Seawright says, “Since our decision-making is innately flawed and prone to error (on account of both bias and noise), one additional conclusion is that we should make fewer decisions. We should create automated decision engines and implement them whenever and wherever possible.”
A common example that I see among my Millennial clients is those who have target-date funds available in their 401(k) plan. Let’s say you think that you’re particularly prone to error in setting up your investments in your 401(k). You can make one less decision by selecting a target-date fund that ensures you’re well-diversified and rebalancing. The reason doesn’t matter. Your 401(k)plan may not be that strong. Or you just may feel uncertain about the numerous investment options available to you. A target-date fund is a great example from personal finance where you have the option to do less. You can take a decision off your plate.. When you’re less vulnerable to the flaws, confusion, complexity, you’re more likely to achieve financial success in that area.
Seawright defines “slack” as the “absence of binding constraints on behavior.” He says that, when you have sufficient slack, it’s “easier to remove ideas, barriers, and stuff that isn’t helpful.” A simple way of applying this advice to personal finance is to give yourself the space to just think about your finances. Give yourself time to look at your spending. Consider, during some quiet time, what you want for your life and your family in the year ahead. We’re often so busy, distracted, or tied up with work and other commitments that we don’t give ourselves enough slack to think. It’s hard to be thoughtful about what we want our money to do for us in the short and long term under these conditions.
Now, this may be easier said than done. Millennials with young kids or demanding jobs may be trying to just keep their heads above water. For most people, it’s not easy to carve out this time. But this is one example of how “slack,” when added to your life, can help to improve your decision making, including with your finances.
Seawright writes, “We should avoid what Amazon calls ‘walking through a one-way door.’ Amazon tries to avoid making ‘choices that are hard to reverse or extend’ – an idea similar to the medical principle, ‘First, do no harm.’” When I hear this principle, I’m reminded of certain job situations and career trajectories in which many of my Millennial clients find themselves. When work for you is tied to high-paying salaries, it’s very easy to get comfortable with that salary level. And it’s natural to become accustomed to living a certain lifestyle based on that salary.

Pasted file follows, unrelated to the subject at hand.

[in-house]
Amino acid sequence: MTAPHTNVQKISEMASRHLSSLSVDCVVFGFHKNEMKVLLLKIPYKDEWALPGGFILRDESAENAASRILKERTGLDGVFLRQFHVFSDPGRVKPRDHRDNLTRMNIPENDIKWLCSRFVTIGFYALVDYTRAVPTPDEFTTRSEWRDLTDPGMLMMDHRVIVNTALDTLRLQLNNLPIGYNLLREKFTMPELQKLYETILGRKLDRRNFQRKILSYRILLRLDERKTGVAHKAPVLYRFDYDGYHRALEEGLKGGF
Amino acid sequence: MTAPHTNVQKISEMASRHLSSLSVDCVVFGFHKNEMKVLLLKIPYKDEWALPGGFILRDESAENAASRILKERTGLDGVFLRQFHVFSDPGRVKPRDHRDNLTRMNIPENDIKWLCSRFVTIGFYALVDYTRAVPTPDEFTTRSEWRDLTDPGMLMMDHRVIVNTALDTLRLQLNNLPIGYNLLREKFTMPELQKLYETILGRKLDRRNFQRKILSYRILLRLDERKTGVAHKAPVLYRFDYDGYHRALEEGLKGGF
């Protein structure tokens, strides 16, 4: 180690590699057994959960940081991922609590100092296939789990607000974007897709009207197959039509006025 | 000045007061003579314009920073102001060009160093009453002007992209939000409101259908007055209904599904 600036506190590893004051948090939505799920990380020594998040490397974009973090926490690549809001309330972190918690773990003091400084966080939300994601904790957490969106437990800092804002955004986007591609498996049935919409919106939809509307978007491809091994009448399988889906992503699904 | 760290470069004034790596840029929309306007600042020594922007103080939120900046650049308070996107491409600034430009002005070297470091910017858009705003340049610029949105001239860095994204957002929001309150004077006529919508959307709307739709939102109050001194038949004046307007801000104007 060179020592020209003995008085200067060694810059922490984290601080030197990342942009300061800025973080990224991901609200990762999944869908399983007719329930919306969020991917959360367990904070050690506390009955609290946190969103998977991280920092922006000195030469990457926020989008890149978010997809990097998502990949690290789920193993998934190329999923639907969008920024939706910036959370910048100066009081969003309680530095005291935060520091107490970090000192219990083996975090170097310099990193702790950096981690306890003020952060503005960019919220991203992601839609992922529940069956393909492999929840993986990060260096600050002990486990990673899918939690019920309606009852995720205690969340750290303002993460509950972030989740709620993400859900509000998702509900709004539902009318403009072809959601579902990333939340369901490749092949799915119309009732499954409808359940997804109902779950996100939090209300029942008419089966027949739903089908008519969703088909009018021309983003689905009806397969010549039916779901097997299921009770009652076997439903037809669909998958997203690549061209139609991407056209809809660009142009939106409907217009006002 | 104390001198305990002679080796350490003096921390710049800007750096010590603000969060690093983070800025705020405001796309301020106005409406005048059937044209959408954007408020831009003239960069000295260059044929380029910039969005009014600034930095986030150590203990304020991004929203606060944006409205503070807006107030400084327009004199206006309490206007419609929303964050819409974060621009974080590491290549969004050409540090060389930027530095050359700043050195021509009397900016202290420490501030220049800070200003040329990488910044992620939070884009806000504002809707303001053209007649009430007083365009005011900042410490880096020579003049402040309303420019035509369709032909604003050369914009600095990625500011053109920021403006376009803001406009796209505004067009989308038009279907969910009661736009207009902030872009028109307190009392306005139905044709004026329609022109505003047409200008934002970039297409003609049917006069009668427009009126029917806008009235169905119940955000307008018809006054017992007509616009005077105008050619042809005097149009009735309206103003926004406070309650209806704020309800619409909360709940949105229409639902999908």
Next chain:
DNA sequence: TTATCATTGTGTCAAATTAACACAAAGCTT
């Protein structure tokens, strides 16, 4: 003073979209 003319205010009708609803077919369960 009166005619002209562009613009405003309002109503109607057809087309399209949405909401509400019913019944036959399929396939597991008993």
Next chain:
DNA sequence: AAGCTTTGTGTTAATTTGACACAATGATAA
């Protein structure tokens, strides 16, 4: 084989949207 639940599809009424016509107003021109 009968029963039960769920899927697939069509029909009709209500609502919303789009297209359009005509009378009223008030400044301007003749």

But people may reach a point where it can be difficult to drop down to a lower income in order to prioritize other aspects of their lives. They may be dissatisfied with a particular job or their industry. They may want more schedule flexibility, including for family time. It can be very difficult to walk back what that salary level is. It’s not easy to drop down to a lower income in order to prioritize some of those other aspects of your life. So I encourage people, especially early in their careers, to avoid “lifestyle creep.” Try to not build a life for yourself where you feel you need a certain salary level or lifestyle. Our interests and personalities change over time. We’re more likely to stay on a path to financial success if we’re able to keep our options — especially with work — open.
Seawright notes that, “Instagram succeeded only when it was stripped of features and reworked to focus on just one thing: photographs.” This brings my mind immediately to investments, where we hear so much competing information. No matter the source, whether it’s CNBC or our colleagues, the information paralyzes many people. Even just reading online, trying to learn about the different investment options available to us, can counterintuitively stop people from acting.
These same people may be aware (as math and historical research both indicate) that investing money as soon as possible can be advantageous. I discussed on a previous Millennial finance podcast episode how early investing provides more opportunities to benefit from compounding growth. As a result, sooner is usually better than later if you want to make your money work for you.